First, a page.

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CABE merge: ‘reset button’ for design review

Design Council chief executive David Kester has promised to ‘press the reset button’ and re-examine the design review process following the organisation’s merger with CABE

Last week, the government officially approved the much-anticipated link-up between the two bodies – revealed exclusively by the AJ last year (AJ 09.12.10) – which comes just four months after the Department of Culture Media and Sport pulled CABE’s funding.

Speaking to the AJ shortly after the announcement on Friday (11 February) Kester said: ‘This is a new beginning. What started out as practical response to an urgent problem has actually created a powerful, integrated organisation.

‘It is also the moment to press the reset button and look at what works best in terms of design review.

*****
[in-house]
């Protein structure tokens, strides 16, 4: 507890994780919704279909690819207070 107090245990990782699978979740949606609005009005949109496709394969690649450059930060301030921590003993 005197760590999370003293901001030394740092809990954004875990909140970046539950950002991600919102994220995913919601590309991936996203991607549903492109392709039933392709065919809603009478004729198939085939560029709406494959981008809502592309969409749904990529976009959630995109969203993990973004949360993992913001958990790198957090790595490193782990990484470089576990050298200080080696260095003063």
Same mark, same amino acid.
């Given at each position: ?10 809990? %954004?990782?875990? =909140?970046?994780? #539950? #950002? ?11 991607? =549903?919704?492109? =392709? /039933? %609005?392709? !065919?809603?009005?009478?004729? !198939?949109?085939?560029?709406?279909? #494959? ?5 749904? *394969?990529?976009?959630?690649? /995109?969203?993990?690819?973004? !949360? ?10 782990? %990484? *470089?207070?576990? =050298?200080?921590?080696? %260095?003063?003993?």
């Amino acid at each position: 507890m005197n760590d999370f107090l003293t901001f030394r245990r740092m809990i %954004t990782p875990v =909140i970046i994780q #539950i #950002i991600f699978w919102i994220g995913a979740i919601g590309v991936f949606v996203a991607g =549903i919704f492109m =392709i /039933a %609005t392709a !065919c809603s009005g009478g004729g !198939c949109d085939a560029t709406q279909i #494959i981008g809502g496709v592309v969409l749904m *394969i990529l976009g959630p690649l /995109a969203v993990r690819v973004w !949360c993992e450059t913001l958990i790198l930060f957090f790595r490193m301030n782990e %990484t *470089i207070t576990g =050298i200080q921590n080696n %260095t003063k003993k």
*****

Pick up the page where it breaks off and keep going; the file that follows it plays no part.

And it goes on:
‘How do we really make this work for architects, planners and developers? This is a big subject and not one to approach in an ad hoc way.’

He added: ‘We are absolutely committed to ensuring there is no loss of service, but it is important to make design review work at a local level.’

Around 20 CABE staff – including a core team focusing on design review – will transfer to the council’s Covent Garden offices. The CABE name will initially remain, although plans for a new banner have been mooted.

The Design Council’s staff of around 60 is set to slim down to a similar size as part of the organisation’s response to Francis Maude’s quango review.

Kester added: ‘The CABE staff is similar in number to that which worked at CABE [under previous chief executive] John Rouse and is absolutely adequate to the tasks asked of it right now.’

Richard Simmons, who Kester described as the ‘true hero of the story,’ will not have a position. But Simmons agreed there would be an opportunity to ‘recalibrate’ design review once the Localism Bill had been passed.

CABE chair Paul Finch is expected to have an ongoing role with CABE and a role within the Design Council. The organisation will continue to be financed by several sources. This includes grants from the Department for Business, Innovation and Skills and the Department for Communities and Local Government.

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